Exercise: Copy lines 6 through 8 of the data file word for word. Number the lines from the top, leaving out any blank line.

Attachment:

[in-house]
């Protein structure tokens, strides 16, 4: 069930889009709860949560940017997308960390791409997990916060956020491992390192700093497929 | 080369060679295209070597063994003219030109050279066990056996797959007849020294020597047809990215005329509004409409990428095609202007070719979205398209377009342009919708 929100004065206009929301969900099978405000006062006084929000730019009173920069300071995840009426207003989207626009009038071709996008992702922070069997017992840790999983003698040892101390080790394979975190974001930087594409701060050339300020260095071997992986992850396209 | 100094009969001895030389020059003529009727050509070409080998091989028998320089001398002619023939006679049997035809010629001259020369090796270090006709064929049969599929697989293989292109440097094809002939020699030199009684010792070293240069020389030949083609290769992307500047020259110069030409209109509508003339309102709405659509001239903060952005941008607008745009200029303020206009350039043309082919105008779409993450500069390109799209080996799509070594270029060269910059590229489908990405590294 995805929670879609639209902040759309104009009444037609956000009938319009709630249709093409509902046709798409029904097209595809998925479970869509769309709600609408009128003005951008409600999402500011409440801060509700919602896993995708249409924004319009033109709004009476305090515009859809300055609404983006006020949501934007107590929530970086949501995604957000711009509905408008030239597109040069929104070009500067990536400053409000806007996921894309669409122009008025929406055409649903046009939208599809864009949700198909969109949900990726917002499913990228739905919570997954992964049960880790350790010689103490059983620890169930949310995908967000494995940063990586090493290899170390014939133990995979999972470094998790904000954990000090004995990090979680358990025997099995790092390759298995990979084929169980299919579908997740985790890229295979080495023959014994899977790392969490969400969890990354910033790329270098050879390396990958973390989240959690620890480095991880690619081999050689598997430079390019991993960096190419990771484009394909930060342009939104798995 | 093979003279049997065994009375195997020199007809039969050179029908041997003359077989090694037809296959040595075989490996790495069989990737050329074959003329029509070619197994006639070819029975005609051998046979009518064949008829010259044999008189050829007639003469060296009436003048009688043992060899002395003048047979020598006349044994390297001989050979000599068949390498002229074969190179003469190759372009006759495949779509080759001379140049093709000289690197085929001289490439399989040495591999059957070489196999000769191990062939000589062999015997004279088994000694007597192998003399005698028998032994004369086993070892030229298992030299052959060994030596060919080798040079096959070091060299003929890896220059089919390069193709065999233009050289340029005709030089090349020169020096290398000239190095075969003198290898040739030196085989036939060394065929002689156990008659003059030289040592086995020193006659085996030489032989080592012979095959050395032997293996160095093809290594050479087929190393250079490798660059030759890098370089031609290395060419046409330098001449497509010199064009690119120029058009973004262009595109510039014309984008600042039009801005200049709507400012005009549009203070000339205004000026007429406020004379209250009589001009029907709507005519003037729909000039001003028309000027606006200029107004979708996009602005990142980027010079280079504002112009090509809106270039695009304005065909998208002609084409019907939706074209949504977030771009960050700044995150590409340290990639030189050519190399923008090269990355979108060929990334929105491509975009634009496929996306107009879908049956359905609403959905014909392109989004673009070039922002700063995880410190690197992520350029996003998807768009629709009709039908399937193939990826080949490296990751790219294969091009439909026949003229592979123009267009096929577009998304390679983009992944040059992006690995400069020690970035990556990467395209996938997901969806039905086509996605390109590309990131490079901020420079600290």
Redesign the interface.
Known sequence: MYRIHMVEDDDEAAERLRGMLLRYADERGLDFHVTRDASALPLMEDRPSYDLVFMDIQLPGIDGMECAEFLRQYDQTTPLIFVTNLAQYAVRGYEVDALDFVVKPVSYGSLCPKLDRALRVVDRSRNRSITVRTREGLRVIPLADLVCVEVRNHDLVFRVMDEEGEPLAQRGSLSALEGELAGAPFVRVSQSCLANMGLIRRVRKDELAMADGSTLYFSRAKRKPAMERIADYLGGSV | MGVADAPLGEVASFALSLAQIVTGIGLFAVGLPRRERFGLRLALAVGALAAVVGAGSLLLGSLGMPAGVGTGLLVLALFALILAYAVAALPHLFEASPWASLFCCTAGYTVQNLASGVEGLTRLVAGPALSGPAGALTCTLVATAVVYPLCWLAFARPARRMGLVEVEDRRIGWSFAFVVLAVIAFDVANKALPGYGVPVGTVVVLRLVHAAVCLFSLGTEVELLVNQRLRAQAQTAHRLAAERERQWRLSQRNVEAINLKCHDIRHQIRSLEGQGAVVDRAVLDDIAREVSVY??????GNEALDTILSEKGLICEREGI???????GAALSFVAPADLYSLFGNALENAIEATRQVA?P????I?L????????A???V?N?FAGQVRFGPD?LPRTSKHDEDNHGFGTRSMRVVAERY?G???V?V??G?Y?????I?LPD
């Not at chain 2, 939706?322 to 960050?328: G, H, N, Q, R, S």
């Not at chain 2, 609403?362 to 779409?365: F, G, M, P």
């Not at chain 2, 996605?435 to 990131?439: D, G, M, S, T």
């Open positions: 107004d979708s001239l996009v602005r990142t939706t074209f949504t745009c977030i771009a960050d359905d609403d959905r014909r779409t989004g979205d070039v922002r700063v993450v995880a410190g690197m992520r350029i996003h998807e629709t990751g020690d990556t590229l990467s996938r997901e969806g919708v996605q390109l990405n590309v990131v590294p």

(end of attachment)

């Not at chain 2, 609403?362 to 779409?365: F, G, M, P």
């Not at chain 2, 996605?435 to 990131?439: D, G, M, S, T």
């Open positions: 107004d979708s001239l996009v602005r990142t939706t074209f949504t745009c977030i771009a960050d359905d609403d959905r014909r779409t989004g979205d070039v922002r700063v993450v995880a410190g690197m992520r350029i996003h998807e629709t990751g020690d990556t590229l990467s996938r997901e969806g919708v996605q390109l990405n590309v990131v590294p």